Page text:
Many people are familiar with the importance of calligraphy to Steve Jobs and the corporate culture of Apple. But did you know that Internet visionary Clay Shirky started as a lighting designer at the Wooster Group? Or that the nonprofit finance-pioneer Clara Miller was a studio art major at the University of New Hampshire? Or that designer John Maeda is now part of top venture-capital firm Kleiner Perkins?

A “top 25” list, video interviews, and case studies will shine a spotlight on innovators who started in the arts, like those named above, as well as artists who are making social impact and commercial innovation using the artistic disciplines. The Top Artist-Innovators list will ensure more foundations, impact investors, and members of the media count artists among our great social entrepreneurs—placing artists front and center in conversations about social innovation.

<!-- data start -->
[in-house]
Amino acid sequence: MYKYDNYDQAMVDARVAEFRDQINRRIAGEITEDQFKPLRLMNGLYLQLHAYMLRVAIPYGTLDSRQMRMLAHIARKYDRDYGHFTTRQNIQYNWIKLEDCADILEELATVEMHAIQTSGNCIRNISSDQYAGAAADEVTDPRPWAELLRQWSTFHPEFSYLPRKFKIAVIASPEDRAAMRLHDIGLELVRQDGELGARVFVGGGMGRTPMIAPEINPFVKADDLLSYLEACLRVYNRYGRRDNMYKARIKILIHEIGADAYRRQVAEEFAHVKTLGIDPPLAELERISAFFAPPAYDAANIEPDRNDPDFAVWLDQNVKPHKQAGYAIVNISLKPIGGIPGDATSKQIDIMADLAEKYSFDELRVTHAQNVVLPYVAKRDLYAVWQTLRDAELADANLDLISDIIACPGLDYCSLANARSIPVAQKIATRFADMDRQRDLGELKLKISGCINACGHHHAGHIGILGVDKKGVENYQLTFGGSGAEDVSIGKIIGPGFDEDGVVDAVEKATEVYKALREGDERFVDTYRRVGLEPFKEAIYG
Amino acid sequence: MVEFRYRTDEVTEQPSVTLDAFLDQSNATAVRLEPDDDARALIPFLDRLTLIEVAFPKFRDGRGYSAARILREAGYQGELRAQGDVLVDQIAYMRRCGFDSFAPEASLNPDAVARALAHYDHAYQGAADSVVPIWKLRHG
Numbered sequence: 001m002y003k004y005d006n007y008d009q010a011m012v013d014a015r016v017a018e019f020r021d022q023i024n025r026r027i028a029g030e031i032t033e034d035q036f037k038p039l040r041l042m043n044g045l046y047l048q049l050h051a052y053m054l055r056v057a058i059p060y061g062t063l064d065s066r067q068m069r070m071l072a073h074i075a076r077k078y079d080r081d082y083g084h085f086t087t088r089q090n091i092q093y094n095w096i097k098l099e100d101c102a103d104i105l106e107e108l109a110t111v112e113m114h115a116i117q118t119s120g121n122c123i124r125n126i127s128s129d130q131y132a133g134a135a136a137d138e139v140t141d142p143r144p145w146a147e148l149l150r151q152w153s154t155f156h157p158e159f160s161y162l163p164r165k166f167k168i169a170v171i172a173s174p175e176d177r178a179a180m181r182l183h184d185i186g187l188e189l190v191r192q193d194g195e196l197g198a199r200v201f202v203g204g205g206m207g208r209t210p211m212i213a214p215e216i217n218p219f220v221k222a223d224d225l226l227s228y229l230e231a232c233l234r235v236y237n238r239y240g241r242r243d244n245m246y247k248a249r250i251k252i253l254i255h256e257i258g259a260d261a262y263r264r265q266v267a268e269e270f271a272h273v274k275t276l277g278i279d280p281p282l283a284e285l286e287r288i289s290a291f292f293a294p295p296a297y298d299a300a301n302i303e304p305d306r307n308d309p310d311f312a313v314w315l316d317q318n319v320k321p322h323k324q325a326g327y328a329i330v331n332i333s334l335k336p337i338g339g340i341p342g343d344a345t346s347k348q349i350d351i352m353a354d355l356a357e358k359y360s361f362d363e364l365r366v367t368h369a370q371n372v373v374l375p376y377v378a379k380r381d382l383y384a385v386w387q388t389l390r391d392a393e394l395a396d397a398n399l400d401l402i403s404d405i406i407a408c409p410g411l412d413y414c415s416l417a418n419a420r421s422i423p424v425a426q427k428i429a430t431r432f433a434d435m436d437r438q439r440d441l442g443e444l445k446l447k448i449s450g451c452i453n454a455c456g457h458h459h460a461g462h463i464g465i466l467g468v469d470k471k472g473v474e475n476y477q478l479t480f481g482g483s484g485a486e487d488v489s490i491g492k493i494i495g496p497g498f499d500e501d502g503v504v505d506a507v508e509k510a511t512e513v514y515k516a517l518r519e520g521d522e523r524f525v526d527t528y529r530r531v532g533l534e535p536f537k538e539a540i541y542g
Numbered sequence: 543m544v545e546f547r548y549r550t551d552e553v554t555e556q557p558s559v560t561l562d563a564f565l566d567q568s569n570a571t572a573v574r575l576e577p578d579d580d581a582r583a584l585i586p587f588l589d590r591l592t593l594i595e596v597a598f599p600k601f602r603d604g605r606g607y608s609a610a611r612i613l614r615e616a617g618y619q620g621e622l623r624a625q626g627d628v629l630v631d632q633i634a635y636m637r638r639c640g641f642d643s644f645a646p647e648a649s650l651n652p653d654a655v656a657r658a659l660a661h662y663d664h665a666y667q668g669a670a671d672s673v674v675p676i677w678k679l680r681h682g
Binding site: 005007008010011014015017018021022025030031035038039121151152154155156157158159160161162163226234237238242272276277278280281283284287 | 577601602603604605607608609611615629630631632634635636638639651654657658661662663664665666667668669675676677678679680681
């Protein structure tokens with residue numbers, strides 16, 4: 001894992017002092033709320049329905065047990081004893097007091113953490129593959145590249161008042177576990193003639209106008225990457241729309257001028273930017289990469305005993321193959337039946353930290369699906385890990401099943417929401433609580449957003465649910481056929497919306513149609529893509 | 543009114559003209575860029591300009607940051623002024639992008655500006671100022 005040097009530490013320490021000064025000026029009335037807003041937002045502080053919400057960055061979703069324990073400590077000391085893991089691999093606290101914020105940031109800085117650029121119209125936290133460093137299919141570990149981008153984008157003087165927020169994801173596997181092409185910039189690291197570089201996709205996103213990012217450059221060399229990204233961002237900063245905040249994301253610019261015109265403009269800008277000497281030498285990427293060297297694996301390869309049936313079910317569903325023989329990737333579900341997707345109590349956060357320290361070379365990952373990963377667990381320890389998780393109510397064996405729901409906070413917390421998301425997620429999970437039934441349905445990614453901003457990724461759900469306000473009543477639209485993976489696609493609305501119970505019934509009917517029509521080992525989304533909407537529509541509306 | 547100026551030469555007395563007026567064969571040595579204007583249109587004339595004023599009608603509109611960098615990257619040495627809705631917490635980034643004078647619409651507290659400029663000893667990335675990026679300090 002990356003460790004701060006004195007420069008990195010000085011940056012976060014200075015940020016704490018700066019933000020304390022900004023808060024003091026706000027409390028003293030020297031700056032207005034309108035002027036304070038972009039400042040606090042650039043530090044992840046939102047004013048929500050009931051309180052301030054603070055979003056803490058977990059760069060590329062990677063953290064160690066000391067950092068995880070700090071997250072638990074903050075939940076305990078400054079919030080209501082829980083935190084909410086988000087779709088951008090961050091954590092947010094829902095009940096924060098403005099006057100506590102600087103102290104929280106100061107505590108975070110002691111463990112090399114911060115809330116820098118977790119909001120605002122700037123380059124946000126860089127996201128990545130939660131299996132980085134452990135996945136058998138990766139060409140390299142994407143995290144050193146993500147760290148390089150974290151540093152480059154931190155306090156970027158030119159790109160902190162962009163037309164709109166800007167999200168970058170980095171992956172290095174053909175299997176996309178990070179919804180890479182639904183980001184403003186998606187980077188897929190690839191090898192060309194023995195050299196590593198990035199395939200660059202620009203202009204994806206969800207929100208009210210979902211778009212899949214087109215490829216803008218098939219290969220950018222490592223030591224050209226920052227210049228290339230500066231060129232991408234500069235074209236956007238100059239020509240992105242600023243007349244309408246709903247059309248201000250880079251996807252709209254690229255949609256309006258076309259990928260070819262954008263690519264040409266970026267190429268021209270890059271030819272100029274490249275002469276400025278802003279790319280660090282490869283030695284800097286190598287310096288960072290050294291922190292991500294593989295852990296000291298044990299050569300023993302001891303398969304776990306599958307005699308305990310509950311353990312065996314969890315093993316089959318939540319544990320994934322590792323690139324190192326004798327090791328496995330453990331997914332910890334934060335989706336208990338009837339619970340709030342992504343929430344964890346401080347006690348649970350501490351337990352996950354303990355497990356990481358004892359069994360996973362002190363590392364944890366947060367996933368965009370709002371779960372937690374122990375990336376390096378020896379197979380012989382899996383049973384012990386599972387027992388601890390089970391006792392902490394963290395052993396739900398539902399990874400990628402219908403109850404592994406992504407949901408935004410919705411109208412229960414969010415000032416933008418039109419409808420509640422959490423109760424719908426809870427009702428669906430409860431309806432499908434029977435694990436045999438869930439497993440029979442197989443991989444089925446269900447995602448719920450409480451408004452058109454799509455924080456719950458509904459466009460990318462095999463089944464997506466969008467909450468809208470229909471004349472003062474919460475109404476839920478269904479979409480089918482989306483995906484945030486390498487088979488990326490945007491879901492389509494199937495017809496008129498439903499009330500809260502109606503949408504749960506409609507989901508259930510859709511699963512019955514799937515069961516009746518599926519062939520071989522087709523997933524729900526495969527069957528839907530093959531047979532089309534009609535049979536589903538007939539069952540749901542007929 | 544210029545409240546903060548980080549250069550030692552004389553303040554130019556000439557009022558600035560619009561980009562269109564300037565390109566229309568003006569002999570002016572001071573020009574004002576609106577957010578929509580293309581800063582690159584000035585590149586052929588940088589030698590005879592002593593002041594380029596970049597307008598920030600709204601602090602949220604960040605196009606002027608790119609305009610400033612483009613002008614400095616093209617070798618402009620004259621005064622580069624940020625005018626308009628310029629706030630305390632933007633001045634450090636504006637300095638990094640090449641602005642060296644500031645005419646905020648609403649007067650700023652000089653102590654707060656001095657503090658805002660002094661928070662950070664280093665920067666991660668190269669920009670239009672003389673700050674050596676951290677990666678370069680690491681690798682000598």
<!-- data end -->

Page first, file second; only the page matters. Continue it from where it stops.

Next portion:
Others integrate the arts into existing social sector systems and structures—for example, developing financial products like a Creative Economy Index Fund that will enable mission-related investing for the arts. A product like the CEIF can quickly align the arts with the social innovation sector.

Calvert Foundation’s Community Investment Note® program allows individuals to invest as little as $20 to create jobs, build affordable housing, and promote health and education in low-income communities across the country. The Community Investment Note® offers one- to fifteen-year investment terms with fixed interest rates from 1 – 4%.  Over 20 years, more than 15,000 investors have invested more than $1 billion.